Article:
Thursday, August 07, 2008

Going Home Again

Time goes, you say? Ah no!
Alas, Time stays, we go.
--Henry Austin Dobson

This is the doleful fact, you have to go home again for funerals and that means mixed with mourning for the lost loved one is the mourning for what used to be.

I found myself staying in a hotel downtown, a place I used to go for meetings and gatherings, occasionally for a drink in the lounge. It's changed hands a few times and though preserved still has reminders it's not what it once was.

  • Not the place I toured with other reporters when it opened with a flourish of elegance and grandeur, the place my buddy Raymond and I longed to shout: "Hail to the plebs."
  • Not the place we went once upon a time for Christmas buffets when I had grown more patrician.
  • Not the place Christine and I attended a New Year's Eve party long before we dated.
  • Not the place I made a church public relations man nervous with a skull ring I wore in my horror-writer days.
Stepping onto the street that stretched back down to the newspaper office, the sense of time's passing was not so strong. It felt more the same, like it was fifteen years ago.

It felt like I could walk up the street a few blocks, enter the front door and make my way to my desk where my stuff would be waiting including the fake photo of Jesus in the Clouds passed on to me by a predecessor with a reminder: "Don't believe everything you see or hear."

It felt like I could walk up the street and see everyone who used to be there, not just the few who remain.

On the blocks in between I found myself straining to remember what used to be here or there. The jewelry store where Christine and I picked out her engagement ring is now a restaurant.

The restaurant where I had lunch so many days was gone. I found the wooden doors though they seemed to open to nowhere, not to a special with a Coke. No shrimp po-boys, for sure.

You discover such moments, I think, only by living long enough to discover them.


Charles Gramlich said...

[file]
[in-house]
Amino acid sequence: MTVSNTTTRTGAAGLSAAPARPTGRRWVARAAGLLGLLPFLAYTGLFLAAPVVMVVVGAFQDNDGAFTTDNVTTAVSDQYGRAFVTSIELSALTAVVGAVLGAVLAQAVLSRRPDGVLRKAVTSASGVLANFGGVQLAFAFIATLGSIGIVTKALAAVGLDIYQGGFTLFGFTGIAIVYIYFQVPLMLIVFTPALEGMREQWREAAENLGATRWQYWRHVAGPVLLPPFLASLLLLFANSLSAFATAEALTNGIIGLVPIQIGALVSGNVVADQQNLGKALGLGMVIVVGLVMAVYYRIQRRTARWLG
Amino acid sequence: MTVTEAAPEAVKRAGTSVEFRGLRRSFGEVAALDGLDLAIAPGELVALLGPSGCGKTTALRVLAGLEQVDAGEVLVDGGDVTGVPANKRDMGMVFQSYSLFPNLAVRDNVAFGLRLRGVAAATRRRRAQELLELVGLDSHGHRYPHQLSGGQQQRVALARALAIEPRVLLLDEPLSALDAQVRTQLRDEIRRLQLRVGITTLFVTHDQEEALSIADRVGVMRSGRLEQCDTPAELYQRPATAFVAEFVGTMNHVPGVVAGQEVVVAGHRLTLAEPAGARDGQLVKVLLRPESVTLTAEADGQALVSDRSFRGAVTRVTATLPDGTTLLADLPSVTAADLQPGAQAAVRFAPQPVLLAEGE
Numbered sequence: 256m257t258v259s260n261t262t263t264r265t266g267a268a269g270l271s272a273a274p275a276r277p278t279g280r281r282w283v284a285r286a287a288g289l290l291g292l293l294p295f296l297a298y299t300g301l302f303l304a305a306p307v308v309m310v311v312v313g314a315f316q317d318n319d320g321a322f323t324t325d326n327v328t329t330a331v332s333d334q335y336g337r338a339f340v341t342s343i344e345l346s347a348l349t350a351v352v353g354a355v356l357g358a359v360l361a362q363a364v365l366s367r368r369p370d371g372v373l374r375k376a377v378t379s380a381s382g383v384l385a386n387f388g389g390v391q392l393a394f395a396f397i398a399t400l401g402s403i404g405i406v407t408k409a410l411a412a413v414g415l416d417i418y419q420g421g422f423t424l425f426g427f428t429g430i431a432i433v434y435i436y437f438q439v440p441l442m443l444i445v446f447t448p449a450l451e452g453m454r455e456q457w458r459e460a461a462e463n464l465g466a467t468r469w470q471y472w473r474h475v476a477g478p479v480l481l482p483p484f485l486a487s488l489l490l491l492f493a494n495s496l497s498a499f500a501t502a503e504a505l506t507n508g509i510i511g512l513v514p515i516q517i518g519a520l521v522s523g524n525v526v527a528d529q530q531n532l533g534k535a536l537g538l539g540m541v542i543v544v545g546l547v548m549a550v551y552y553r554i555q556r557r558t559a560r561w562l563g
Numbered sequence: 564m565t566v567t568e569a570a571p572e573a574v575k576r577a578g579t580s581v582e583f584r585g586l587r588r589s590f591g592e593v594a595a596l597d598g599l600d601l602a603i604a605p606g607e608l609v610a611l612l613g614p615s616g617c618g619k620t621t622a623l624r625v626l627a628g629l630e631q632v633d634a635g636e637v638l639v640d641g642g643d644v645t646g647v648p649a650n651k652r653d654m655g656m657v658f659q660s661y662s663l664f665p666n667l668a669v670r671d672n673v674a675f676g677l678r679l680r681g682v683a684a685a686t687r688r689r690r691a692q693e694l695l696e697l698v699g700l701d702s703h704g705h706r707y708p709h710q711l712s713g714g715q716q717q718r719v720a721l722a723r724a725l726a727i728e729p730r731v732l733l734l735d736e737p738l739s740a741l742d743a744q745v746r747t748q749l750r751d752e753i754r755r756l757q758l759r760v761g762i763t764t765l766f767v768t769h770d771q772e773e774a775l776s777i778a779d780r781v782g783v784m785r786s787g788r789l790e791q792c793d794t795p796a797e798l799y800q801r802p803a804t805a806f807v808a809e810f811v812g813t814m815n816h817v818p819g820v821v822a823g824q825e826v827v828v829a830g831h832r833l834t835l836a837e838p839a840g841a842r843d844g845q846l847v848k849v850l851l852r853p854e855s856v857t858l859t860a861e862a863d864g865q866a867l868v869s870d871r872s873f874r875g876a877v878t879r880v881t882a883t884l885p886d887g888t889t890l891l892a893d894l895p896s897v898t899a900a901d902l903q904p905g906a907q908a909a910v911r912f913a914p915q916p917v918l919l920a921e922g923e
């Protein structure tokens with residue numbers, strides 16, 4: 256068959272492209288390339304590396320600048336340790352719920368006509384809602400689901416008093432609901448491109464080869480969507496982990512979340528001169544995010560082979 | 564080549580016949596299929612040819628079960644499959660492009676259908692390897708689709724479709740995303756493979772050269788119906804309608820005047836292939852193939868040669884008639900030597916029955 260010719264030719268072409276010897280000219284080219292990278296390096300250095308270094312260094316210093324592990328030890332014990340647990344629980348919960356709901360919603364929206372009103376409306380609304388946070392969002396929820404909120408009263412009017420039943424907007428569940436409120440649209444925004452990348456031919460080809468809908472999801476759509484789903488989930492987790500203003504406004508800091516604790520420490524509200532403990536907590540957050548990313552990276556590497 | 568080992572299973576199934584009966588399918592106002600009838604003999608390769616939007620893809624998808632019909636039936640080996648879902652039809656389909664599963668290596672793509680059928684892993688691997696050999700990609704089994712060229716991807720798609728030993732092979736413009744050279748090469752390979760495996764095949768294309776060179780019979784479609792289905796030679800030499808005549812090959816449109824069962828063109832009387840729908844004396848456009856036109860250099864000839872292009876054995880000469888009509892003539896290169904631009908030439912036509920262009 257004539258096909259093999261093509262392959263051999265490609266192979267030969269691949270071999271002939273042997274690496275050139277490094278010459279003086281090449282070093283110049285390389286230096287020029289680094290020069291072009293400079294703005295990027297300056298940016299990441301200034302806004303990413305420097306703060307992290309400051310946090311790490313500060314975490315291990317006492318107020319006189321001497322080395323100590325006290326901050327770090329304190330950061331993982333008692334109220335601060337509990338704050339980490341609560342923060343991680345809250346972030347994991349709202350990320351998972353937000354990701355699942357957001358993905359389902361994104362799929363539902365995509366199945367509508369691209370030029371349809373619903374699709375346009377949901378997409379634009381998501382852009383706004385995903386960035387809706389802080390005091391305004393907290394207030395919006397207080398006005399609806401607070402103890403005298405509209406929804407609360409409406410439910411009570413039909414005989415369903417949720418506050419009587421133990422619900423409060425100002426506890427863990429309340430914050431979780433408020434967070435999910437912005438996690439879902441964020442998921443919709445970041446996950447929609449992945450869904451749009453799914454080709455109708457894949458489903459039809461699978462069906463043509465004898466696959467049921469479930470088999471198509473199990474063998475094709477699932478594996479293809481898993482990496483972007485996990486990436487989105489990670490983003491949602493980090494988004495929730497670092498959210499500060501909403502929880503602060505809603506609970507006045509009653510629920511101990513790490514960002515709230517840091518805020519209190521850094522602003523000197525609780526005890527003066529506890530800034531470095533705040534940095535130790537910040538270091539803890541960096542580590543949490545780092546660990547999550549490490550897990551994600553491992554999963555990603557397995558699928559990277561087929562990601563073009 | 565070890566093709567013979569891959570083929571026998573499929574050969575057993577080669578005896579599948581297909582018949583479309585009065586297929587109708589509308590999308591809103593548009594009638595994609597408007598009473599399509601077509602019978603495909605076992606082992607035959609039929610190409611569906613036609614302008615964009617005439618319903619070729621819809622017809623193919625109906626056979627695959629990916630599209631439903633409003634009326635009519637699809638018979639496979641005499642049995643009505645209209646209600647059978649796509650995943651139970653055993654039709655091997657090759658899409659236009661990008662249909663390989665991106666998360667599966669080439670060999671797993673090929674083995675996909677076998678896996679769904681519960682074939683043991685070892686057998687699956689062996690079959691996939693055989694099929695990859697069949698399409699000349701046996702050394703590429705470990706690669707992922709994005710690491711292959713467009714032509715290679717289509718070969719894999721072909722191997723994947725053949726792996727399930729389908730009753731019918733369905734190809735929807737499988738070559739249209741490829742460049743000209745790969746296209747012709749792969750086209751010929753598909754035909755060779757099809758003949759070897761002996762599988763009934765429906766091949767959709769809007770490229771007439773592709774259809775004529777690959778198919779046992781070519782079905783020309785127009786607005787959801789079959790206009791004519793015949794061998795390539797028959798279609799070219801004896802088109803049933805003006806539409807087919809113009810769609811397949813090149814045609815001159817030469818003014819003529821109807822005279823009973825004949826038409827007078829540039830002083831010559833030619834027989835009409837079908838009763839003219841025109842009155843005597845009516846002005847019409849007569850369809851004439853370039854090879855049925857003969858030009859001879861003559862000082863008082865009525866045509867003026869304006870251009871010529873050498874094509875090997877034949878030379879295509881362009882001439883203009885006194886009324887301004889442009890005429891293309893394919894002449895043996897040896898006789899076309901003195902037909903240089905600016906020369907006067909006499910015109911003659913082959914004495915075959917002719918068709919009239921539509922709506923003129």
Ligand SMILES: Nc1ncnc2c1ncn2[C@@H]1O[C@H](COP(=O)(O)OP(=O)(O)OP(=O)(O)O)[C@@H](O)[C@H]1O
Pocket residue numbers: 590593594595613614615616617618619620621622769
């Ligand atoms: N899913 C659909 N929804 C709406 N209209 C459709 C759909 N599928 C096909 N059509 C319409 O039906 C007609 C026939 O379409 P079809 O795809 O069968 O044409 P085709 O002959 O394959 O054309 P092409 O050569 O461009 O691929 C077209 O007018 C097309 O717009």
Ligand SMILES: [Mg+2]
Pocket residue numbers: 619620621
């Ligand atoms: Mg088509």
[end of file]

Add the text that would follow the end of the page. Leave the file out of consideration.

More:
The world changes much faster than we do. I'd given a bit of dough to see the look on that fellow's face when he saw your skull ring.

Lana Gramlich said...

I agree. Oddly I just posted a comment about this phenomenon on someone else's blog. Things like witnessing those kinds of changes & standing at the bottom of the Niagara Gorge make me feel as small & insignificant as I truly am (although that's not a BAD thing.)

Steve Malley said...

After so many years in Another Land, I returned to Minnesota for a brief visit a few years ago. Time after time, I'd want to revisit old haunts only to be told, "It no longer exists."

Shauna Roberts said...

I feel exactly the same way when I go home. The farms have given way to vast expanses of tract homes, the stores I shopped at are gone, and many of the major roads have been renamed and/or rerouted (now they go straight instead of zigzagging around farms). Quite an odd feeling.

Bridges said...

You should have just given Christine the Skull Ring for her engagement ring.

Just sayin'

Wayne Allen Sallee said...

Hey, Sid. I know there's more to your visit to the old haunts. Nothing stays the same anymore, if it ever really did. Maybe our early recollections were simply illusions. I'm still your constant, amigo.

Erik Donald France said...

Beautiful Proustian contemplation on the passage of time.

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